Recently, Ted Forbes over at The Art of Photography posted a rather interesting video that challenges the pervasive axiom of the artistic world that the action of making art will inevitably translate to an audience valuing and appreciating your work. Forbes asserts that our society is so saturated with creative content makers that it is nearly impossible to create photography that people care about unless you are pushing beyond the normal limits and expectations of what is already present in the world. I agree with this on the surface; however, I also feel that it doesn't tell the entire story.
Take a moment to watch the video above; it is a great video and well worth a few minutes of time. Forbes does an excellent job of presenting an interesting, albeit sinister thesis, which he then offers an unfortunately utopian solution to. Forbes suggests that by pushing forward into new realms that challenge the status quo, a photographer can transform his or her work from being unimportant to potentially culturally defining.
Forbes' analysis falls short, however, by only discussing the idea that a bridge between you, the photographer, and your audience can only be erected by creating transformative works that profoundly impact culture. While yes, this is very true, it suffers from the fundamental flaw that there is only room for a tiny handful of such photographers through the course of history, which leaves the rest of us out in the cold if taken at face value.
Realistically, the formula to creating generation-defining creative content is fairly simple, but in practice is nearly impossible to achieve. Not only does it depend on the artist's vision aligning with the unknown cravings of a global audience at a precise time, but it also depends on the ability of the artist to connect his or her work to a global audience in order to have that impact. Metaphysically, if no one had ever seen the works of an artist such as Leonardo De Vinci, would he still be a great artist? Would his work still matter?
Personally, I've always been rather allergic to the idea that forces beyond my control determine my outcome. It simply is not true. I am the captain of my fate. It is through my action (or inaction) that I will determine the destiny of my work. Thus, the burden falls upon the photographer to construct a compelling reason to make others care about his or her work.
Objectively, however, it is nearly impossible to achieve work that has an impact that rivals other creative masters if that is your only goal. Those great masters certainly weren't trying to do that at onset. However, it is possible to craft work that rivals or even exceeds those masters in quality. Thus, it becomes critical to connect with an audience and create impact on a smaller scale. In the simplest sense, how much someone cares about your work is directly tethered to how much value your work adds to their lives.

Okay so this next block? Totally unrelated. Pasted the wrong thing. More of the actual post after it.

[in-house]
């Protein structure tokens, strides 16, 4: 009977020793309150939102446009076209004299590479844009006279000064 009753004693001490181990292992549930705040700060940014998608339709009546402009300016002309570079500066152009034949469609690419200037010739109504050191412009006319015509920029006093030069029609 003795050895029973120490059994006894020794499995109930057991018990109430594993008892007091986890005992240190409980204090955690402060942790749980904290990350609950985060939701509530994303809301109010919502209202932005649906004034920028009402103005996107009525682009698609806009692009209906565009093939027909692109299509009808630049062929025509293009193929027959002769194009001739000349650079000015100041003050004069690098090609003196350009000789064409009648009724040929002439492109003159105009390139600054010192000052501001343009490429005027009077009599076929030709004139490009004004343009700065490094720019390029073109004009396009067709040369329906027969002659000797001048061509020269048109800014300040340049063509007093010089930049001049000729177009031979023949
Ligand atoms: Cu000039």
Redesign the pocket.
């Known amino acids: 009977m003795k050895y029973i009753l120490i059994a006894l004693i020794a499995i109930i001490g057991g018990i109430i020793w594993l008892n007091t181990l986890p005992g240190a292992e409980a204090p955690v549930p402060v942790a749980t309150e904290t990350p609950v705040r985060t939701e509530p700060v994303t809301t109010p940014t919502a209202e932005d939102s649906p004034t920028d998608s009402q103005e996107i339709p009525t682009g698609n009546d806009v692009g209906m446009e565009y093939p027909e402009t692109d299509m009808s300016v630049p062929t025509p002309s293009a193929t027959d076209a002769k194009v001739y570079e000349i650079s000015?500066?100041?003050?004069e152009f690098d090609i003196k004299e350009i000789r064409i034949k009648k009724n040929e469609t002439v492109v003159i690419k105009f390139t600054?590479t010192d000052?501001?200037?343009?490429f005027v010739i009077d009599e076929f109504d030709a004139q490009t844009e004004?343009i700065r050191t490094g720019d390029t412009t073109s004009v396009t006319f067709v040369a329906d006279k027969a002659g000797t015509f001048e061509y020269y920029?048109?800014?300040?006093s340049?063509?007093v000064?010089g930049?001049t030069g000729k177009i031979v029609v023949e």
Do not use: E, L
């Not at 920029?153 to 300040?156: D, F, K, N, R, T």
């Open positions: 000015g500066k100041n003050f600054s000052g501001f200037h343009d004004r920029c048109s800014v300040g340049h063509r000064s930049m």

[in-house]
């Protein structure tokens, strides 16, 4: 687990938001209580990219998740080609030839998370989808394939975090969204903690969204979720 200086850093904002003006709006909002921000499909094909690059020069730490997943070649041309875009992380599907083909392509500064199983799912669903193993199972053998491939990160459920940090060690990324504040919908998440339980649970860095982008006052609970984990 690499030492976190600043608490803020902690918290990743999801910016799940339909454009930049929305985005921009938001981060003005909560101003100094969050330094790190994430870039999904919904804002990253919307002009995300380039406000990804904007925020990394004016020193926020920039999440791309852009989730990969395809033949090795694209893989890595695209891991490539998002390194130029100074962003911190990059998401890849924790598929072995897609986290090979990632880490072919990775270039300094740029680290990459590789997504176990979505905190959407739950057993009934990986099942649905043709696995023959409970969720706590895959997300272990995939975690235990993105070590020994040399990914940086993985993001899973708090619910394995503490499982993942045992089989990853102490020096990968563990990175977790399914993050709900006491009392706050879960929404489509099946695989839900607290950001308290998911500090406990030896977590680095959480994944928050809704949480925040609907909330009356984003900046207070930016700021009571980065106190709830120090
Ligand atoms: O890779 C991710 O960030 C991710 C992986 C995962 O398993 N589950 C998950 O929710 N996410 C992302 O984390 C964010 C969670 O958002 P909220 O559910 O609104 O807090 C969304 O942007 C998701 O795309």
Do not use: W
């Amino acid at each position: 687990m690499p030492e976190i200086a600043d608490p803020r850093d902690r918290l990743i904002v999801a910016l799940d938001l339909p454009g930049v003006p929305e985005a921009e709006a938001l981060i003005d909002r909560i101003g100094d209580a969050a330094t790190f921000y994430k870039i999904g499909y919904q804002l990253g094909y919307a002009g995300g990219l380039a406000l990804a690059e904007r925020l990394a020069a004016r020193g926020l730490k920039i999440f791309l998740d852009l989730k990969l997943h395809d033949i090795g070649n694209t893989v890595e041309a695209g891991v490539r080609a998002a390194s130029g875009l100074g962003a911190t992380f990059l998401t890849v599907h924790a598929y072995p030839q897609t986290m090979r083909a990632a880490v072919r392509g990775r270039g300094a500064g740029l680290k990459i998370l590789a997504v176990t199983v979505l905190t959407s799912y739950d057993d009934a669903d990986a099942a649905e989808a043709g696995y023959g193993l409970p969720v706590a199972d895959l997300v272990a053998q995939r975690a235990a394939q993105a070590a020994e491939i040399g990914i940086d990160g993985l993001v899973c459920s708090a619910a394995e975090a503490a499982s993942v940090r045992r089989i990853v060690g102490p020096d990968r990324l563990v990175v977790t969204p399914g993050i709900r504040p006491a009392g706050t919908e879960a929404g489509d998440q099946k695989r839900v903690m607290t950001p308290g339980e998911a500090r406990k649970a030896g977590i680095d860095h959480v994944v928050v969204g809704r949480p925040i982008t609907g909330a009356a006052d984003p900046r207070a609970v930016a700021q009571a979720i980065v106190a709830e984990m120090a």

The nature of that value, however, is subjective, which places the burden on you to predict and understand what your audience places value on. Sure, creating work that is culturally defining may craft tremendous value, but more humbly, you can also build value by creating work that helps an entrepreneur expand her sales. In the moment that your work helps even the smallest businessman increase his value, you have instantly created a platform for him to care about your work on an individual scale. If repeated over time, this process will draw an audience who deeply cares about your photography, because it has improved the economic value of their own lives. Furthermore, the same can be true for the photographer who is able to capture and preserve the essence of a critical moment. Be it a wedding, sporting event, concert, or any other sort of unrepeatable circumstance, the photographer is able to make the participants of that moment (and those who wanted to but could not) inevitably care about his or her work.
The potential for devising a sense of importance in your work on a microscale is infinite and only limited by your own volition. Don't ever let anyone tell you that your work doesn't matter. That is impossible. It always matters at origin to yourself. After conception, the strategic burden falls upon your shoulders to understand why a particular group would want to care about your work. You then must take action to transform from a conceptual strategy into an entity that asserts the reason for that audience to care about that which you create.